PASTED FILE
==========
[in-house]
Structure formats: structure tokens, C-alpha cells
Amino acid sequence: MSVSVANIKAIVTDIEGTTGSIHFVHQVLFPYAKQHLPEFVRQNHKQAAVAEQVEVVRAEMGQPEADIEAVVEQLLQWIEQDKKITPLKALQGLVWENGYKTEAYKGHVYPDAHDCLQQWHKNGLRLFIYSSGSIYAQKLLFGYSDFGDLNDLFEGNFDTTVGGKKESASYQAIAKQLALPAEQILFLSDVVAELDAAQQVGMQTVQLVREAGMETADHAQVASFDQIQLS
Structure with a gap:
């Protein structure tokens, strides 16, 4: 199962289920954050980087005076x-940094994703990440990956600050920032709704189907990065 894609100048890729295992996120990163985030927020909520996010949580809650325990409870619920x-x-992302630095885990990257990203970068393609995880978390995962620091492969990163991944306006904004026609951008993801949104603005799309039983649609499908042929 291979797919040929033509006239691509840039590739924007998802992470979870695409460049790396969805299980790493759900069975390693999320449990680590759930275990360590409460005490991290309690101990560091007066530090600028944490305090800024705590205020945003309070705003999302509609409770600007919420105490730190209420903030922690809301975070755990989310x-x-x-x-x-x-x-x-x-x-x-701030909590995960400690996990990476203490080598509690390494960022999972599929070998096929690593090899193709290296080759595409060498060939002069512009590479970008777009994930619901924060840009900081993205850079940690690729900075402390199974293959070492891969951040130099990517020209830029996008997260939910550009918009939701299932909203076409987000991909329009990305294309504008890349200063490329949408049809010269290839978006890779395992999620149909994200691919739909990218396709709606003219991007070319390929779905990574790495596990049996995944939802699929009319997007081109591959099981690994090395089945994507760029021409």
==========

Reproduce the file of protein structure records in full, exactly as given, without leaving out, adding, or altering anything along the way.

[in-house]
Structure formats: structure tokens, C-alpha cells
Amino acid sequence: MSVSVANIKAIVTDIEGTTGSIHFVHQVLFPYAKQHLPEFVRQNHKQAAVAEQVEVVRAEMGQPEADIEAVVEQLLQWIEQDKKITPLKALQGLVWENGYKTEAYKGHVYPDAHDCLQQWHKNGLRLFIYSSGSIYAQKLLFGYSDFGDLNDLFEGNFDTTVGGKKESASYQAIAKQLALPAEQILFLSDVVAELDAAQQVGMQTVQLVREAGMETADHAQVASFDQIQLS
Structure with a gap:
């Protein structure tokens, strides 16, 4: 199962289920954050980087005076x-940094994703990440990956600050920032709704189907990065 894609100048890729295992996120990163985030927020909520996010949580809650325990409870619920x-x-992302630095885990990257990203970068393609995880978390995962620091492969990163991944306006904004026609951008993801949104603005799309039983649609499908042929 291979797919040929033509006239691509840039590739924007998802992470979870695409460049790396969805299980790493759900069975390693999320449990680590759930275990360590409460005490991290309690101990560091007066530090600028944490305090800024705590205020945003309070705003999302509609409770600007919420105490730190209420903030922690809301975070755990989310x-x-x-x-x-x-x-x-x-x-x-701030909590995960400690996990990476203490080598509690390494960022999972599929070998096929690593090899193709290296080759595409060498060939002069512009590479970008777009994930619901924060840009900081993205850079940690690729900075402390199974293959070492891969951040130099990517020209830029996008997260939910550009918009939701299932909203076409987000991909329009990305294309504008890349200063490329949408049809010269290839978006890779395992999620149909994200691919739909990218396709709606003219991007070319390929779905990574790495596990049996995944939802699929009319997007081109591959099981690994090395089945994507760029021409």